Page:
Located among the lush green avenues and vibrant community of Miami’s Coral Gables, Klara Chavarria’s studio and gallery welcomes both casual passersby and learned art lovers to explore the artist’s stunning works. Chavarria is an internationally collected artist recognized for her philosophical and spiritual concepts, which incorporate figurative and abstract elements. Her body of work, exhibited everywhere from Chicago’s O’Hare International Airport to the prestigious Latin American art auction “Juannio” at the Museum of Modern Art in her hometown of Guatemala City, is spontaneous, innovative and brimming with emotion. She says: “[My] work explores our shared human experiences and the mystery of life. I am interested in capturing the rawness in life, moments, thoughts, experiences, relationships, deep emotions, feelings and how these influence our existence.”

The studio and gallery is open to the public and offers original paintings, commissioned projects for corporate and private clients, and selected limited edition prints. “I can adapt to anything,” Chavarria says. “My work is very personal; it’s about us and our human condition, so I love to work with all people. I love to share the story of my work, to see someone connect with a piece.”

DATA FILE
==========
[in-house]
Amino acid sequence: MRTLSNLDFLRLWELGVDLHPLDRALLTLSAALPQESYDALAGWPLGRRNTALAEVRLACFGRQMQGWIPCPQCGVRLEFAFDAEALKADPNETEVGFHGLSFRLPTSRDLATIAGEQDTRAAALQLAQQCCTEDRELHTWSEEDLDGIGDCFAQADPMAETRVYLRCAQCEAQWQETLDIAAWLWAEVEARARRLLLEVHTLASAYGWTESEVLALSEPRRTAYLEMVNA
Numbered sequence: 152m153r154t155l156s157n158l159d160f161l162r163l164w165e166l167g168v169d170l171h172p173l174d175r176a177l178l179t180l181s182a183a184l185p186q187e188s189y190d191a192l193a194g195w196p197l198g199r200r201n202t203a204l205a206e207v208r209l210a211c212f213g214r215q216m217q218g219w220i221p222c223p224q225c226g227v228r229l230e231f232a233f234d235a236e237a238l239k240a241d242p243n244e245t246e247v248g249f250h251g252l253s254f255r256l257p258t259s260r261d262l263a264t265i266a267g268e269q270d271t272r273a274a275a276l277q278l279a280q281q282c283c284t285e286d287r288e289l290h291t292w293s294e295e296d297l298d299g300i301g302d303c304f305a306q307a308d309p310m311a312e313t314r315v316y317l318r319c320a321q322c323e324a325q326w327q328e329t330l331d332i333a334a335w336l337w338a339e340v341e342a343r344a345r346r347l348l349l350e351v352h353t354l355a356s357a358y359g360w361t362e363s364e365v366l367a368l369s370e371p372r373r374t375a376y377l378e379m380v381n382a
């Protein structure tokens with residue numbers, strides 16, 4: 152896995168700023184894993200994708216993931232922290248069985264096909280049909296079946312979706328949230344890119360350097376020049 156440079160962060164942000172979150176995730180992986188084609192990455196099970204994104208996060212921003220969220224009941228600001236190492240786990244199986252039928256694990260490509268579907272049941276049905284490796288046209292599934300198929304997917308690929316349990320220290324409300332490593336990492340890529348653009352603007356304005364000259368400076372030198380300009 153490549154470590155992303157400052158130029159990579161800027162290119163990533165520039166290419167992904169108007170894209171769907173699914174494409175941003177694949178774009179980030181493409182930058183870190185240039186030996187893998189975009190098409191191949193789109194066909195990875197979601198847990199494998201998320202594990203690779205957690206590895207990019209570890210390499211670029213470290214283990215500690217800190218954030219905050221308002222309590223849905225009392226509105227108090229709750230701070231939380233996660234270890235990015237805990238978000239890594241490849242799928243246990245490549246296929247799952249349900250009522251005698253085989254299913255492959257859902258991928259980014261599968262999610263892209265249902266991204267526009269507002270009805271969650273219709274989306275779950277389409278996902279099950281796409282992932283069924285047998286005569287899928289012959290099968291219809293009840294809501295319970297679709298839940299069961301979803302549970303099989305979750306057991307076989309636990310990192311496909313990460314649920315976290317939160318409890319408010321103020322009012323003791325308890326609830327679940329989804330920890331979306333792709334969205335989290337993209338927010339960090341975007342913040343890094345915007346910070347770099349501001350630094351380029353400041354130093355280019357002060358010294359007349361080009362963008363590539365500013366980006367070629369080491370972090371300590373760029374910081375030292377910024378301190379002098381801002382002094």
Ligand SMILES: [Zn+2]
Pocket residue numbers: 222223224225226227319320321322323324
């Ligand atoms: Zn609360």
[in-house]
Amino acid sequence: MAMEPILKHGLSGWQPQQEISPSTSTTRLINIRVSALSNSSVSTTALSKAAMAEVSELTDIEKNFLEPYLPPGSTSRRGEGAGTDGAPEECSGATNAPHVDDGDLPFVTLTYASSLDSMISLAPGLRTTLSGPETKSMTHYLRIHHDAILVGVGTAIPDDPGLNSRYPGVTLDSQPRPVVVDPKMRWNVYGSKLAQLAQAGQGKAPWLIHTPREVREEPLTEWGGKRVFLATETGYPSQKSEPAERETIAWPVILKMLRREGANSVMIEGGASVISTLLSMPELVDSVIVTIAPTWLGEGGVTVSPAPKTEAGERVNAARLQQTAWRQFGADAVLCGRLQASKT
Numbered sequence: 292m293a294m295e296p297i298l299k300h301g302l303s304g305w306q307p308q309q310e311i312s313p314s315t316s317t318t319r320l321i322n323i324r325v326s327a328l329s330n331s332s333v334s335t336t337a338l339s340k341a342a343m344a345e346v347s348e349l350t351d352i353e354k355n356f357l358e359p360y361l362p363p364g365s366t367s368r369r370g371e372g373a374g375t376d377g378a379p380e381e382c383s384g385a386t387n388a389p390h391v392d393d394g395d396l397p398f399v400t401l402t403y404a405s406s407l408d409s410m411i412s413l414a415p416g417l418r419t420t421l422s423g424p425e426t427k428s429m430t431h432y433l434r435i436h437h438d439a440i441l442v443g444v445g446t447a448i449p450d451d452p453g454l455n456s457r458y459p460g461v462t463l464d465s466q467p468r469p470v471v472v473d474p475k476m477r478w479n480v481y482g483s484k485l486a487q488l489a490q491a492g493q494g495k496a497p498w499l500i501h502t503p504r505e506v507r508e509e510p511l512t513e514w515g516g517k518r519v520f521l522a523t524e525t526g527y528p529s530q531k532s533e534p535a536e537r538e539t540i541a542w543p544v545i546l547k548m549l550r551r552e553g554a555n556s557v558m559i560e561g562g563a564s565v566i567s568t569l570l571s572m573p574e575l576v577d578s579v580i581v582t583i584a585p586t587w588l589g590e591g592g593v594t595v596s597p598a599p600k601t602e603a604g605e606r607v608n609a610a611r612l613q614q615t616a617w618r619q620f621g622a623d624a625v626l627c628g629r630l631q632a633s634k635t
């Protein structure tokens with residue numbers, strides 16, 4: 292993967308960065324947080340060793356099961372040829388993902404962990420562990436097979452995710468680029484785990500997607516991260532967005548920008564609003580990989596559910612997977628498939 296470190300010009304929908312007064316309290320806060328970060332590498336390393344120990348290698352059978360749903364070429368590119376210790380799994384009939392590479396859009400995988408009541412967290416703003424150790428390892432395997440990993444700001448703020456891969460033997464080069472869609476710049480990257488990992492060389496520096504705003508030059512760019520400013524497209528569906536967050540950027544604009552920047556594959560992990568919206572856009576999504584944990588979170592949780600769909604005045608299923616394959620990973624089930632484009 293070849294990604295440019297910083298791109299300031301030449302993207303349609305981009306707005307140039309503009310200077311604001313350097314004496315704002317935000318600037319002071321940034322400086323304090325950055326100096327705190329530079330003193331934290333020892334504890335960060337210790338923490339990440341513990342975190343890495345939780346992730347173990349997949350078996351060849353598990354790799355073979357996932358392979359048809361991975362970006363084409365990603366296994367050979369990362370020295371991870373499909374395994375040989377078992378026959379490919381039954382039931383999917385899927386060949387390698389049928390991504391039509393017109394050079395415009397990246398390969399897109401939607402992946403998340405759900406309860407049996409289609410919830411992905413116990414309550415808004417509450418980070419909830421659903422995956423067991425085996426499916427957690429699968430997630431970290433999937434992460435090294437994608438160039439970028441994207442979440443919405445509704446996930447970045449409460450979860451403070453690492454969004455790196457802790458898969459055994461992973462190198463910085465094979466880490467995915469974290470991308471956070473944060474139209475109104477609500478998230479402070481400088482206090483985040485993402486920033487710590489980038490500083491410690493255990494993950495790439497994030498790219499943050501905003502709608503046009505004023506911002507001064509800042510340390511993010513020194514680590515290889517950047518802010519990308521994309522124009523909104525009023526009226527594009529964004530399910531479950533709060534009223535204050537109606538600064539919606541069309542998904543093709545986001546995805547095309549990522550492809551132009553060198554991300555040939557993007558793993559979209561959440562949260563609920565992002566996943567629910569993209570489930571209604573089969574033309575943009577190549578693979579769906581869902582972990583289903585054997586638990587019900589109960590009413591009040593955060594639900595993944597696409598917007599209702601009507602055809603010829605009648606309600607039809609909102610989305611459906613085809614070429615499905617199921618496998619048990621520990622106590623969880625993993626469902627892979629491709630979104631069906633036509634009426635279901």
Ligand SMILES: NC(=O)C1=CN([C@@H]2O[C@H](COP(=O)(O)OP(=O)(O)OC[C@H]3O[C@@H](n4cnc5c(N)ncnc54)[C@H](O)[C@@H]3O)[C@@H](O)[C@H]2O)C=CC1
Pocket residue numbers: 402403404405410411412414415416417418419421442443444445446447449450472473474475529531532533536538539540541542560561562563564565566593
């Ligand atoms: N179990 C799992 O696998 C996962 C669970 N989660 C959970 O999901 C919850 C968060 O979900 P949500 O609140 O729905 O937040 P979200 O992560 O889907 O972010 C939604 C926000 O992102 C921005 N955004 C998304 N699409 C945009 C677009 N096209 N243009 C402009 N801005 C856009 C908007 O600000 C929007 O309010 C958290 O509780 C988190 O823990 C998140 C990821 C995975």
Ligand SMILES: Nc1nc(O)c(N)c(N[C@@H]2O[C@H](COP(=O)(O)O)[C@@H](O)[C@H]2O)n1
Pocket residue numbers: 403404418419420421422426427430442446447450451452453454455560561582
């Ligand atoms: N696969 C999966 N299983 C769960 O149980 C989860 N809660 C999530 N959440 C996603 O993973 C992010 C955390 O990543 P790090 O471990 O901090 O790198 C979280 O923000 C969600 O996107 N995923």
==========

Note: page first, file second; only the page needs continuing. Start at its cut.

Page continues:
Artist Jane Johnson started painting 35 years ago. “Over the years I began with watercolors and transitioned to acrylics for a bolder palette,” she says. “Both mediums respond to water in a lively way, this was what attracted me to them. … I like the unknown, unpredictable elements these paints allow.” She describes her art as “bold expressions of nature, inspired works that evoke optimism and peace.”

Based in Port Charlotte, Florida, in the winter and Clam Lake, Wisconsin, during the summer, Johnson has shared her art through outdoor art festivals around the country since 1996 and exhibited in shows from Miami to Seattle and everywhere in between. She says, “I enjoy the travel, bringing my work to new places, meeting the customers who buy my art and being inspired by new places.”

The versatile artist paints on a variety of surfaces, including canvas, Masonite and Yupo paper, a synthetic surface made of extruded polypropylene. She also uses many different tools to apply the paint, including brushes, brayers, fingers and squeegees, as well as pouring. Offering custom works as well, Johnson says, “Through my art I strive to achieve spirit made manifest.”